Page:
Data analytics is the science of analyzing large amounts of data in order to draw conclusions. These conclusions that would otherwise simply be lost in a sea of information. Essentially, data analytics brings order to the vast amounts of data points businesses can easily collect nowadays.
Visualization is thereby a key element in data analytics. Visualizations are created through automation tools that spit out condensed information in the form of visualizations. With their help, businesses can make decisions based on a summary of relevant and trust-worthy information.
Even today, the most common (and easiest) method to create visualizations is to turn an excel spreadsheet into a pie chart, graph, or table. However, recent technologies allow for the creation of more complex visualizations, such as heat maps, infographics, or bubble clouds. Depending on the type of data, a simple graph may be sufficient, whereas other data requires more complex graphics.
As the amount of data processed increases, the concept of Big Data has surfaced and essentially covers three aspects. These are:
Everything and everyone is producing data points constantly. And, as an increasing number of devices is connected to the internet, a growing number of data is collected, stored and analyzed.
This has led to the creation of the Internet of Things (IoT). This refers to the growing network of physical objects that have internet connectivity and the communication happening among these objects. Big Data and The Internet of Things (IoT) are thereby very connected. Even more so, Big Data powers the IoT.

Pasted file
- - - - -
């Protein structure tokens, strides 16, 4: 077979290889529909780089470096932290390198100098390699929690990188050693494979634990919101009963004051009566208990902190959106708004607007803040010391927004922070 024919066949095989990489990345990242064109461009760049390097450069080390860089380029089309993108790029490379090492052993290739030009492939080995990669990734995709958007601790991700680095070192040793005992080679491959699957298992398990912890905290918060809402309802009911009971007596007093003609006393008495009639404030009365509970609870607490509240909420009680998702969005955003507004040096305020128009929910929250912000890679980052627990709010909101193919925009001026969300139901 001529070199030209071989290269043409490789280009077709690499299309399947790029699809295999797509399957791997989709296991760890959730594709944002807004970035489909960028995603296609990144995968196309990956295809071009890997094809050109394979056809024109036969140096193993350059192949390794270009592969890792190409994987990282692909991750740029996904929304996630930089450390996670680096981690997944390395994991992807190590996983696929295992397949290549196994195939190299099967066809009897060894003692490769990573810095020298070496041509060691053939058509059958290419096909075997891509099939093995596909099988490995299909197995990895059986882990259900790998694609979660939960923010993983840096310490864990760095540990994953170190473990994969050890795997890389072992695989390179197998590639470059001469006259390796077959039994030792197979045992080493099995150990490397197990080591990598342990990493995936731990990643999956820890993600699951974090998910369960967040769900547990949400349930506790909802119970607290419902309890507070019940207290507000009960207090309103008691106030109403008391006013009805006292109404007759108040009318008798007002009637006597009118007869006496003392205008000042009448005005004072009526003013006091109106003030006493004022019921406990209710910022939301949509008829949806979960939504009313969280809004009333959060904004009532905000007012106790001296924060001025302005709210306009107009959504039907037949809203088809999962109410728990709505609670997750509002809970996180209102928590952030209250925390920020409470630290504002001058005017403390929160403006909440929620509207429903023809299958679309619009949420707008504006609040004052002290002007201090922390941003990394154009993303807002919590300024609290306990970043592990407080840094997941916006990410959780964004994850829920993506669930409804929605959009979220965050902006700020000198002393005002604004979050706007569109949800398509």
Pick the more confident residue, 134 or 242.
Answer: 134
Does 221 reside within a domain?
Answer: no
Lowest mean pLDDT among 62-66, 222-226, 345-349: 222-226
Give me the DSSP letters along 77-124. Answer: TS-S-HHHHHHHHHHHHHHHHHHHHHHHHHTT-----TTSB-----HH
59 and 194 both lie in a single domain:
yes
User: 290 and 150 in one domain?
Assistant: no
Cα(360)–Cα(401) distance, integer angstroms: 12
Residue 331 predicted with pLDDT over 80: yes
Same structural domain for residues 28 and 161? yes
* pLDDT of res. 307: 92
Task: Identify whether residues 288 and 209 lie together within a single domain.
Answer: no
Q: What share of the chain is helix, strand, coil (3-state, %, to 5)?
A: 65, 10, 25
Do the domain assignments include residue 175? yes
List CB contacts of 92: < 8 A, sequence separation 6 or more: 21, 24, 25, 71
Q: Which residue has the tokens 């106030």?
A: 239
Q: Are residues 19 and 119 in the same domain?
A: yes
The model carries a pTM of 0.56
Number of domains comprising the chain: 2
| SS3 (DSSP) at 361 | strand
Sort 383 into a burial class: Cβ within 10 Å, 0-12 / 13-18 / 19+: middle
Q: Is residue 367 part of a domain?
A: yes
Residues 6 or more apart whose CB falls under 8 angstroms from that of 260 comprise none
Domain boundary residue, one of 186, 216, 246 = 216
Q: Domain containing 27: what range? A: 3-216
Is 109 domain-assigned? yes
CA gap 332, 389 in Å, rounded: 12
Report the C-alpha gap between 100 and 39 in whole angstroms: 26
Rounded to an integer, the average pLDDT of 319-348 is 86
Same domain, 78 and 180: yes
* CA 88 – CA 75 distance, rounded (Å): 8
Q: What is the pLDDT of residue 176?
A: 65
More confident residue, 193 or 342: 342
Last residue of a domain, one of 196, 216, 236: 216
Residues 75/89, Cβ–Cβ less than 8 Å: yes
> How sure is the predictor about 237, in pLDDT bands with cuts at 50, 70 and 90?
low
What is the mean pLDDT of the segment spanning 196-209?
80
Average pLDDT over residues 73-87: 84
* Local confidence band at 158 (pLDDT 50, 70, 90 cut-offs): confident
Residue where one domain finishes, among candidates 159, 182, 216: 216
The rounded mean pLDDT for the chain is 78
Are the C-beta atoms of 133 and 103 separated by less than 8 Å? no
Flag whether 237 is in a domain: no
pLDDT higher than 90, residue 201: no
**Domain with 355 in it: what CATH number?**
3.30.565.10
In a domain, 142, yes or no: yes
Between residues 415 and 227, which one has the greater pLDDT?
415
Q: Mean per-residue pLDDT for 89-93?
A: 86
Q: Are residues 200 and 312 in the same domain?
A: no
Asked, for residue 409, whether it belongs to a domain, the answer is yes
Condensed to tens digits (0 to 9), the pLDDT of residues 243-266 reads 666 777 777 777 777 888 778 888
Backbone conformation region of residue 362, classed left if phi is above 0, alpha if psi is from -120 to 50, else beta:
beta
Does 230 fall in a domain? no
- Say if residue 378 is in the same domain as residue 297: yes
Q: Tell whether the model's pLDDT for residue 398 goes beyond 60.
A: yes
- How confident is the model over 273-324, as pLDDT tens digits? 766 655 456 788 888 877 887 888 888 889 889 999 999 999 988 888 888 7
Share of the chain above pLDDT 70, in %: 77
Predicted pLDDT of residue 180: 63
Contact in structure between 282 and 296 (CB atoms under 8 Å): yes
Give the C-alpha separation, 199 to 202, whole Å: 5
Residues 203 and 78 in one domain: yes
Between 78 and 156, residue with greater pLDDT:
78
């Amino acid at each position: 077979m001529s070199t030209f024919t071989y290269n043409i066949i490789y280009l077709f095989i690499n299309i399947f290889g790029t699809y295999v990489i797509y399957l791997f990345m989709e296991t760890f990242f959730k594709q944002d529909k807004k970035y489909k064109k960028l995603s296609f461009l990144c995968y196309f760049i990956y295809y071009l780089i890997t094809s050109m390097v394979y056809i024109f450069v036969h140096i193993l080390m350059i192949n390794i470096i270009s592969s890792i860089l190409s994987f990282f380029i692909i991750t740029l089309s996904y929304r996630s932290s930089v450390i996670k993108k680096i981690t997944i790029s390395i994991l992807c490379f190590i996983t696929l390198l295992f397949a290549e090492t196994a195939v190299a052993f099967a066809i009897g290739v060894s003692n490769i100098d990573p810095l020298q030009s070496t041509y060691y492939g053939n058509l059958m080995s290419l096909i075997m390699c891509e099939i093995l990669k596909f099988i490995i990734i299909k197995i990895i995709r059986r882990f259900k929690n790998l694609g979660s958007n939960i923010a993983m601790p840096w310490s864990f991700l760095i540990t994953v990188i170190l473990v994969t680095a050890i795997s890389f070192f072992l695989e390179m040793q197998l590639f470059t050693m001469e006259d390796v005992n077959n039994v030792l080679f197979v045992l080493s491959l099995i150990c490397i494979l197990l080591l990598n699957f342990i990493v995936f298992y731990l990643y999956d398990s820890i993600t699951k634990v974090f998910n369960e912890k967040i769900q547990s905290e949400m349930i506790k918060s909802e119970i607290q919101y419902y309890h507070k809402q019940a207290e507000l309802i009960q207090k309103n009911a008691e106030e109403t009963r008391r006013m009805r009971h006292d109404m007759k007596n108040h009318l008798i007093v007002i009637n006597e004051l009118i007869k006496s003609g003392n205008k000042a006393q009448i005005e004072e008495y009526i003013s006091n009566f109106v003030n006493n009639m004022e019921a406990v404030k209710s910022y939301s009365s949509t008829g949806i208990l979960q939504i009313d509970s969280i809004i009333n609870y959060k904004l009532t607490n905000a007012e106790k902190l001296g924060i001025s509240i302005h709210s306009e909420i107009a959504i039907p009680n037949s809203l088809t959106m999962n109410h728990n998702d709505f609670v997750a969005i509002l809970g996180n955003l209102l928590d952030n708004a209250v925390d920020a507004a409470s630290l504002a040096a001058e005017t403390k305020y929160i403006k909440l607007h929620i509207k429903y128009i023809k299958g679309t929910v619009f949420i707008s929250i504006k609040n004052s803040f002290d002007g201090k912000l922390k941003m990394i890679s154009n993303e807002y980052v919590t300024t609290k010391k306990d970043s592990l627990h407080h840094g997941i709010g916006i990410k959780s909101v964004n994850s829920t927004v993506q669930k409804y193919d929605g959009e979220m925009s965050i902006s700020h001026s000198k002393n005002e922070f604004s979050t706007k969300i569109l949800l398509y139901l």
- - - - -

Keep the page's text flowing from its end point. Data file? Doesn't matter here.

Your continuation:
With increasingly more complex business operations, companies contribute their own share to the IoT and the increase in Big Data – demand patterns, sales, supply patterns, and much more. In order to digest and draw conclusions from this data, businesses need data analytics. If a demand spike occurs, but the company is unable to understand what has caused the increase, what is that piece of information even worth? Drawing conclusions from such a spike, figuring out what caused it, and implementing concrete actions that follow from that understanding, can have a big impact on success.
Supply chains are typically a part of a business that generate massive amounts of data. Supply chain analytics helps to make sense of all this data by uncovering patterns and generating insights, that would otherwise go left unnoticed.
With increasingly global supply chains, being able to manage that all data becomes extremely important and demands careful data analysis for a variety of reasons. For example, using supply chain analytics can help a business better prepare for the future by taking a look at past patterns.
If ice cream sales increase when it is sunny, production can already be ramped up if good weather is predicted. Making these preparations for the future can allow a company to achieve a more responsive and more effective supply chain, that is tailored exactly to the company market’s needs.
Every operation within a company produces data – and this data can be used to the company’s advantage. Using data analytics, companies can draw more accurate conclusions, allowing them to make apt decisions and prepare for the future. This allows them to achieve a leaner and more efficient supply chain.
Do you want to learn how to take advantage of data analytics for your business? Data analytics can be incorporated in the simulation-based learning programs Inchainge offers. Our business simulation games depict virtual companies, that harbor, like in real-life, a ton of data. Data that can be evaluated in preformatted reports, in self-created reports or in some cases, be exported in formats to be further dig through by Excel sheets. A great example of experiential learning about this important topic.